Written by Georgi Kantchev and Sarah Kent
Investing with climate change in mind is increasingly seen as a way to earn the highest returns and avoid risks
Abu Dhabi’s $800 billion sovereign-wealth fund recently added a new question to its investment process: How will the Earth’s changing climate affect a potential asset’s price?
This addition, without fanfare or press release, was driven, fund officials say, by a fiduciary duty to earn the highest returns and avoid risks. It wasn’t an attempt to brand the fund as more “green.”
From huge sovereign-wealth funds and hedge funds to startup private-equity groups to mutual funds and exchange-traded funds, asset managers and investors increasingly believe there are profits to be made and losses to be avoided by considering how climate change—and government efforts to combat it—might affect companies and industries over the long term.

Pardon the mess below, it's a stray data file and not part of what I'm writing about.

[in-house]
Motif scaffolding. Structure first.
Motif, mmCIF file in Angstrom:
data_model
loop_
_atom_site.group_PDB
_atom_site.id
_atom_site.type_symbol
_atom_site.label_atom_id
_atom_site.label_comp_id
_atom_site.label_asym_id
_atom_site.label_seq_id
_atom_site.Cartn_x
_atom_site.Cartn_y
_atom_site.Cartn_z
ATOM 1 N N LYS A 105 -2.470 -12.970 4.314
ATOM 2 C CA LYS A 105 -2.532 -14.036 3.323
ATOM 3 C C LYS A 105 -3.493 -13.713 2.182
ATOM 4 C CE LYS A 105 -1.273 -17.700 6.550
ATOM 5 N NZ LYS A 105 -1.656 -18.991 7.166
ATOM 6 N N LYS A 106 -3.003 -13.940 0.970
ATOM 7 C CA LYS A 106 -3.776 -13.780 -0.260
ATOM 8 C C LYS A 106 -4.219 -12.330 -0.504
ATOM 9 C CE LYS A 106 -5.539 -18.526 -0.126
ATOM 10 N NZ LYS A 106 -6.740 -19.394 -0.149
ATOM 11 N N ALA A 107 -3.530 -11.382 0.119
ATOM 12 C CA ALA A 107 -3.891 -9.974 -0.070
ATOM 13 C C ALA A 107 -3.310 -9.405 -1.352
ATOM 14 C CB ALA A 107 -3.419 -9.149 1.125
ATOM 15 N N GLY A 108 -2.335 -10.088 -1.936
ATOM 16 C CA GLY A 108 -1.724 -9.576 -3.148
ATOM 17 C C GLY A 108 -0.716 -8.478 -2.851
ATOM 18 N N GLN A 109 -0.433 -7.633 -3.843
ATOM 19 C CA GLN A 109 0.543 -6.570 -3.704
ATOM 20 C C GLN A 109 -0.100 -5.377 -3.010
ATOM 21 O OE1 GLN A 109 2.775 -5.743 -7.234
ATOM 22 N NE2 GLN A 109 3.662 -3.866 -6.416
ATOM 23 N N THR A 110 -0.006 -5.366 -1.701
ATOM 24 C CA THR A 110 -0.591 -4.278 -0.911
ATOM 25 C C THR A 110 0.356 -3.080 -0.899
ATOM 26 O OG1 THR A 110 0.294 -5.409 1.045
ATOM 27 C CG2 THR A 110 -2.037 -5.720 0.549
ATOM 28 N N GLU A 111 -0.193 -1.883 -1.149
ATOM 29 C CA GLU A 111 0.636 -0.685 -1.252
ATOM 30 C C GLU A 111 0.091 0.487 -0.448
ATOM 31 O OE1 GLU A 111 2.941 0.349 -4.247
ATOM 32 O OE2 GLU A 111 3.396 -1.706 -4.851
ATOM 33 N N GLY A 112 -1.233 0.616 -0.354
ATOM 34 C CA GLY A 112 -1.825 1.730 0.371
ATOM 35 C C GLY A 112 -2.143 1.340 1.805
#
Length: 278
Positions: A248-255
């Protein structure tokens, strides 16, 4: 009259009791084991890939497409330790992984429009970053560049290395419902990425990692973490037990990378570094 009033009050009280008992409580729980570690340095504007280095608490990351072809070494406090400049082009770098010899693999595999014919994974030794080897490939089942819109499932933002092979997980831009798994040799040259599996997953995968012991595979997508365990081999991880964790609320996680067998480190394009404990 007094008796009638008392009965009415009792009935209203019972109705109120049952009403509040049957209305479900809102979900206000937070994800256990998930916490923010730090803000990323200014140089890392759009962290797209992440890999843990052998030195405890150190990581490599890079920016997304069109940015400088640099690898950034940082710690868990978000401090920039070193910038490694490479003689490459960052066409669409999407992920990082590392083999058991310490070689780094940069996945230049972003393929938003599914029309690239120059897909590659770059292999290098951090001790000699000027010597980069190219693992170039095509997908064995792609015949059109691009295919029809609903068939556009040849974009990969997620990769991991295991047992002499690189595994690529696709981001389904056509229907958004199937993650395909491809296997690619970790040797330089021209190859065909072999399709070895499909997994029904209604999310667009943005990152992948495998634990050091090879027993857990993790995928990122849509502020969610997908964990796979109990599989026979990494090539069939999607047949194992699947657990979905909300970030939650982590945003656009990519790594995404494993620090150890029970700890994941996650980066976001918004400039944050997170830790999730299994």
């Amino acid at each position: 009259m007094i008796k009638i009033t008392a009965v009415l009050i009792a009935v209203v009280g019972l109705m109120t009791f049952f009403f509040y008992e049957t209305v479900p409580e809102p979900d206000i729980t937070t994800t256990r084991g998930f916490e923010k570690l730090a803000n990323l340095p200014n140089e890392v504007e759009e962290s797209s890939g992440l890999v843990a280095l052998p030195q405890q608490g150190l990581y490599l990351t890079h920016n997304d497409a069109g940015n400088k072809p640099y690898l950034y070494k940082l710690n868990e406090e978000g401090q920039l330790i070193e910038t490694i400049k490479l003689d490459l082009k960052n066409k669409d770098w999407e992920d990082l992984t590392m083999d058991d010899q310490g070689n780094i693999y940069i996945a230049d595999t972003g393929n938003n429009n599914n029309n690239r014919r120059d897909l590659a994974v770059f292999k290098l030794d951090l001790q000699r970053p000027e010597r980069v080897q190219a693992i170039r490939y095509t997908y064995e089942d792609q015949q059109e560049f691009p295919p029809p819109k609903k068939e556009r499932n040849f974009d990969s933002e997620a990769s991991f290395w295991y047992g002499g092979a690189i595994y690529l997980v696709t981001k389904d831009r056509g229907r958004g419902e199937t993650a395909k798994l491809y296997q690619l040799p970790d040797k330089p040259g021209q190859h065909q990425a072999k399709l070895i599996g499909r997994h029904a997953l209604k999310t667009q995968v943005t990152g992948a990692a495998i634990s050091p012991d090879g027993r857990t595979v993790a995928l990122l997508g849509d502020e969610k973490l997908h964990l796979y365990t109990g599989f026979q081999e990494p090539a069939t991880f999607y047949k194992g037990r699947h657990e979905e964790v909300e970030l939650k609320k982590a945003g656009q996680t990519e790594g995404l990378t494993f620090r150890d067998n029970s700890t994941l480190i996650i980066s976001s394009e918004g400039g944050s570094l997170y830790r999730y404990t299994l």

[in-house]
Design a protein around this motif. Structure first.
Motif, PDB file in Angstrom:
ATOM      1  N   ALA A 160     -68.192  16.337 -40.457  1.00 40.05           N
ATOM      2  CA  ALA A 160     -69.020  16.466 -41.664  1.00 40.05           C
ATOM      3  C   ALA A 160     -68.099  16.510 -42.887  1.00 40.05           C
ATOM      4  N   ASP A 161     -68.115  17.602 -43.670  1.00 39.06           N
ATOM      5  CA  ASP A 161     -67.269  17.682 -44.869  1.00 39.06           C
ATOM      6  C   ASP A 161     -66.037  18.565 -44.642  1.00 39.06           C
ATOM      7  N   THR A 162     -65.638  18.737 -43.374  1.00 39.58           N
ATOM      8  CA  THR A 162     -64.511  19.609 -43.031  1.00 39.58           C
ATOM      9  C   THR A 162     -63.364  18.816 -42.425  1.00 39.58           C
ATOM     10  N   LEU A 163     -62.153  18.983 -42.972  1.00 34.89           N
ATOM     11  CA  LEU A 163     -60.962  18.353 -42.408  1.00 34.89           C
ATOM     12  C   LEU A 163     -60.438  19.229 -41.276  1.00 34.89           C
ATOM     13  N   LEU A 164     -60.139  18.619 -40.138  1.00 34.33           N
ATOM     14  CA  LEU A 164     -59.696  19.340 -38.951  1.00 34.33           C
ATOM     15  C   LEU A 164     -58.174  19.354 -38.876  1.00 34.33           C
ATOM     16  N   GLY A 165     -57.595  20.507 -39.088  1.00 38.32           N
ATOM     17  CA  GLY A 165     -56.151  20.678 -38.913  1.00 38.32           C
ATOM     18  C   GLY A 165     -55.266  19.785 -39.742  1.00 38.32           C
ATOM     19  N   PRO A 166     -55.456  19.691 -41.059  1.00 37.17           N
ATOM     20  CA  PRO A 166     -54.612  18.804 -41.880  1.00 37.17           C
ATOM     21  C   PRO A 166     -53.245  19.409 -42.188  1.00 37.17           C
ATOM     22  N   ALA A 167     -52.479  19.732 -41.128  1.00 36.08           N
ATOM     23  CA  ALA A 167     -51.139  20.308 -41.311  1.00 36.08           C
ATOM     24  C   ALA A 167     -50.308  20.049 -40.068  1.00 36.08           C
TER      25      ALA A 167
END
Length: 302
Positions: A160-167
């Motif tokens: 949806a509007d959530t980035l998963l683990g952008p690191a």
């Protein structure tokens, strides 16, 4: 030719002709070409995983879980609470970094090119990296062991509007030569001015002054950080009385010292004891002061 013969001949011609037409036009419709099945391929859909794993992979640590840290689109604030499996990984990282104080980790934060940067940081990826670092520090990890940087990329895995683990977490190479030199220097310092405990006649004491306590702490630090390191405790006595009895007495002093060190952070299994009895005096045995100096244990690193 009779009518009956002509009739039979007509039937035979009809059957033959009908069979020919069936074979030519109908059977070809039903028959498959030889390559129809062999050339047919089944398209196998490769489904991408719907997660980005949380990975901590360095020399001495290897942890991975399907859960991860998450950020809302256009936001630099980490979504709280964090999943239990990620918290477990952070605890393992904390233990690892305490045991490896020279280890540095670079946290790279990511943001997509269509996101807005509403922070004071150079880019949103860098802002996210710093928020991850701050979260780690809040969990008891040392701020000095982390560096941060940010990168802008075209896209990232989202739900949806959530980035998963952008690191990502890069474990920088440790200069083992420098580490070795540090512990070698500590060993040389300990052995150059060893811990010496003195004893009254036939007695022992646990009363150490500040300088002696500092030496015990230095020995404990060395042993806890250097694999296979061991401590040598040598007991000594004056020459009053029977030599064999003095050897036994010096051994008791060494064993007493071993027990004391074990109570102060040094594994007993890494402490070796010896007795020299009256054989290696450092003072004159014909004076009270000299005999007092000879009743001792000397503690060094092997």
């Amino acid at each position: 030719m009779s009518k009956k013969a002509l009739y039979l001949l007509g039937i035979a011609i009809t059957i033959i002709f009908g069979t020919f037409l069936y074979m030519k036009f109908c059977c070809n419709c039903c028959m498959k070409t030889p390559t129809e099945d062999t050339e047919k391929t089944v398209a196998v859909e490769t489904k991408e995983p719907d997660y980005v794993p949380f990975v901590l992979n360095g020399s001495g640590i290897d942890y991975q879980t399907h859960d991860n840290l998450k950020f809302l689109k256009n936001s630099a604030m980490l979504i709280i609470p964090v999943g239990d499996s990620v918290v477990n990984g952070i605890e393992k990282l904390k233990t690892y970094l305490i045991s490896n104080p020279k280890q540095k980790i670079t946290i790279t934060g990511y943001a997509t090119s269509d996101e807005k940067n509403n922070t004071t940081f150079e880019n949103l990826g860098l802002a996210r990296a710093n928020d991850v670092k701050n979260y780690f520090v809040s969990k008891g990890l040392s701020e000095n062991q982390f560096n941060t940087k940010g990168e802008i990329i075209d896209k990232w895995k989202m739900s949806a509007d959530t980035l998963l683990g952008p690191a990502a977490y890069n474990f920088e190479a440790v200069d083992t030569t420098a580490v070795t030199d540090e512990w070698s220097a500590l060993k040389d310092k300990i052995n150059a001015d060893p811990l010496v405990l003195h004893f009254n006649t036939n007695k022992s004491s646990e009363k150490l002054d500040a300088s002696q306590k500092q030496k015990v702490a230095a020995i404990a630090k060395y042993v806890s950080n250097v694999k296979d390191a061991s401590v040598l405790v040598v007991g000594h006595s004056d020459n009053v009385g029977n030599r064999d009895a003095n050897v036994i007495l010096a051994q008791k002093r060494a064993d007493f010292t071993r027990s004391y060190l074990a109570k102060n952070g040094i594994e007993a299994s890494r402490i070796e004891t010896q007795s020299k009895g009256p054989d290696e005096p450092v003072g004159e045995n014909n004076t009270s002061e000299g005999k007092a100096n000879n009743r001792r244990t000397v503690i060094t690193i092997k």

Rather than a mere window-dressing exercise conducted for the benefit of conscientious investors, investing with the environment in mind is now seen as a way to gain an edge. Funds are pouring billions of dollars into technologies and industries they think will benefit from a transition to a clean-energy world and avoiding those that are likely to be hurt by it.
“Climate change is the growth story of our lifetime,” says Martina Turner, who four years ago launched the $36 million Accessible Clean Energy Fund, which invests in a basket of around 30 stocks focused on energy efficiency and storage, as well as wind, solar and geothermal energy. “We’re not ideologically driven, we’re not philanthropists. We want to make money,” says Ms. Turner, whose fund is up around 20% this year through April and has returned 22.5% since its inception.
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